Public schools can impose any additional requirements they wish on students as a condition for participating in the HSAP, including annual testing. HSAP programs typically offer families free secular school books and access to a teacher of the school’s choice.

Students operating under this option have access to dual enrollment in the public school.  If they submit their request for dual enrollment by the September 15 deadline, they have access to the following:

  • public school classes,
  • extracurricular activities, and
  • postsecondary enrollment college classes.

To open enroll in another public school district for the fall session, your request must be filed by the previous March 1.  To open enroll for a spring or summer session, your request must be filed by March 1 of the previous calendar year.

Students under this option have access to the following without dual enrollment:

  • parent-taught driver education,
  • public school driver education programs,
  • free testing at the public school, and
  • community college concurrent enrollment.

Being in a HSAP does NOT automatically dual enroll the student.


Records

If your state has any specific recordkeeping requirements, they are listed above. Regardless of your state’s recordkeeping requirements, HSLDA recommends that you keep detailed records of your homeschool program. These records may be helpful if you face an investigation regarding your homeschooling or your student needs to furnish proof of education.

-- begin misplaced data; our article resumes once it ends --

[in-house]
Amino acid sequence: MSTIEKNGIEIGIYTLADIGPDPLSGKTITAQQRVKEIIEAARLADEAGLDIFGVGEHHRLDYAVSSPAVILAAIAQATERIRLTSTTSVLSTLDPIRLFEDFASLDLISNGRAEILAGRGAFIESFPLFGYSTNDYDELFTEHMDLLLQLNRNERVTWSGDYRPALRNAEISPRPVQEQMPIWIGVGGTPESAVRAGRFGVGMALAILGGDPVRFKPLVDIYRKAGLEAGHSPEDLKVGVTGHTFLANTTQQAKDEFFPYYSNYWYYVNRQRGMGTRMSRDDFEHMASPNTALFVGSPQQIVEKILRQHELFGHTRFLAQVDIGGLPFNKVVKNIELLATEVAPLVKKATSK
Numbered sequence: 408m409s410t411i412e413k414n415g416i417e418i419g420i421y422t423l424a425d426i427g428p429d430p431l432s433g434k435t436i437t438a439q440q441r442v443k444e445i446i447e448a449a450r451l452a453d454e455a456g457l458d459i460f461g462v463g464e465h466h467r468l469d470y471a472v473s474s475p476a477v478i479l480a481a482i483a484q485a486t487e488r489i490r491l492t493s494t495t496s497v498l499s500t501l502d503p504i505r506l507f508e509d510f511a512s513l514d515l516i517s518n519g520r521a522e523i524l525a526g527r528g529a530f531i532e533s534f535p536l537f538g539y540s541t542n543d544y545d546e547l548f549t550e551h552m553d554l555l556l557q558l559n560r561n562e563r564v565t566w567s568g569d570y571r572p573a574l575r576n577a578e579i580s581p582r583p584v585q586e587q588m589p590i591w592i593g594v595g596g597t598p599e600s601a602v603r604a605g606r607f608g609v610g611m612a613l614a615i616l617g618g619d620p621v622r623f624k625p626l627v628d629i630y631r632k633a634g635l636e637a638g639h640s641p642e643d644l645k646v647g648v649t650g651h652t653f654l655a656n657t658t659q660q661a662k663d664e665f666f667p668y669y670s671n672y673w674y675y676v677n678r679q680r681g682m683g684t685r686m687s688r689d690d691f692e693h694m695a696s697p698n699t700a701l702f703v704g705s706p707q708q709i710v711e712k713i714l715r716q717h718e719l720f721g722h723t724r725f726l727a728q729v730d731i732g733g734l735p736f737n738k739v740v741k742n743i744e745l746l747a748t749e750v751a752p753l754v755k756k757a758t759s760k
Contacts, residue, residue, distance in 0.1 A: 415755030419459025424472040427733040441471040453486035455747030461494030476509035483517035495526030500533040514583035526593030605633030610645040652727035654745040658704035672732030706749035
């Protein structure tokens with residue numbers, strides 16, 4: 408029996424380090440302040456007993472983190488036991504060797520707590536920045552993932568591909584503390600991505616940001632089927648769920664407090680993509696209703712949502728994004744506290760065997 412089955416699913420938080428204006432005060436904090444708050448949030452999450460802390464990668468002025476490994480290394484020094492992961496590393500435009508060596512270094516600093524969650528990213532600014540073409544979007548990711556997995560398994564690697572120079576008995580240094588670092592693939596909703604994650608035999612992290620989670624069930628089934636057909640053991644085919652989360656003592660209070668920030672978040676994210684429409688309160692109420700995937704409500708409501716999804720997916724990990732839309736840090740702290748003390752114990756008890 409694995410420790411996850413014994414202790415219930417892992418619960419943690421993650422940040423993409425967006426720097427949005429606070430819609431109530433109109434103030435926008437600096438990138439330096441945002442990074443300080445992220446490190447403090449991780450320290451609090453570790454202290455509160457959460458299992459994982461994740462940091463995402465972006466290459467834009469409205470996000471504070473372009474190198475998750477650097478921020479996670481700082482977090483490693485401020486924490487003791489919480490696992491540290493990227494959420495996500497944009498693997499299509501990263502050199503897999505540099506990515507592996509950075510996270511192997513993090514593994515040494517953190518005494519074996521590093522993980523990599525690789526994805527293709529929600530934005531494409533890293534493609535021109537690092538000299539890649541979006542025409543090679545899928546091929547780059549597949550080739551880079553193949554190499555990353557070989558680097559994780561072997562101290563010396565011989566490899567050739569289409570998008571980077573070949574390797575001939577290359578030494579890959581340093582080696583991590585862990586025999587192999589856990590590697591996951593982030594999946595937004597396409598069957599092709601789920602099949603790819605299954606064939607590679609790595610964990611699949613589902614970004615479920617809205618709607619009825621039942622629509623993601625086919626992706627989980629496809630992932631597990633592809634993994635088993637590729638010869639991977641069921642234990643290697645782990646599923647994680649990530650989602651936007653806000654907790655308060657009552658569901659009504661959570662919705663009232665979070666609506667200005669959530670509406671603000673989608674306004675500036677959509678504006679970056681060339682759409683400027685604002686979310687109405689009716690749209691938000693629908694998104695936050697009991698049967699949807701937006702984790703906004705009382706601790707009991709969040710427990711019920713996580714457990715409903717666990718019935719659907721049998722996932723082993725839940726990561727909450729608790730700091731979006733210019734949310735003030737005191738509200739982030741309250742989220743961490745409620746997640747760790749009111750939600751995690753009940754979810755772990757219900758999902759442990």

These records should include attendance records, information on the textbooks and workbooks your student used, samples of your student’s schoolwork, correspondence with school officials, portfolios and test results, and any other documents showing that your child is receiving an appropriate education in compliance with the law. You should maintain these records for at least two years. You should keep your student’s high school records and proof of compliance with the home education laws during the high school years (including any type of home education notice that you file with state or local officials) on file forever. HSLDA’s high school webpage has additional information about homeschool recordkeeping.



Home School Legal Defense Association is a national advocacy organization that supports the right of parents to educate their children at home. We are dedicated to protecting the legality of your homeschool while equipping you to successfully teach your children.

HSLDA members have 24/7 phone and email access to our staff of attorneys and legal assistants, who can help you understand the homeschool law in your state and will go to bat for you if a school official or other authority challenges your homeschool. Our 80,000 members—families like you!— also receive personalized advice on everything form homeschooling a high schooler to teaching a child with speical needs from our team of education consultants.


Please note: The information on this page has been reviewed by an attorney, but it should not be taken as legal advice specific to your individual situation.


Last updated July 14, 2015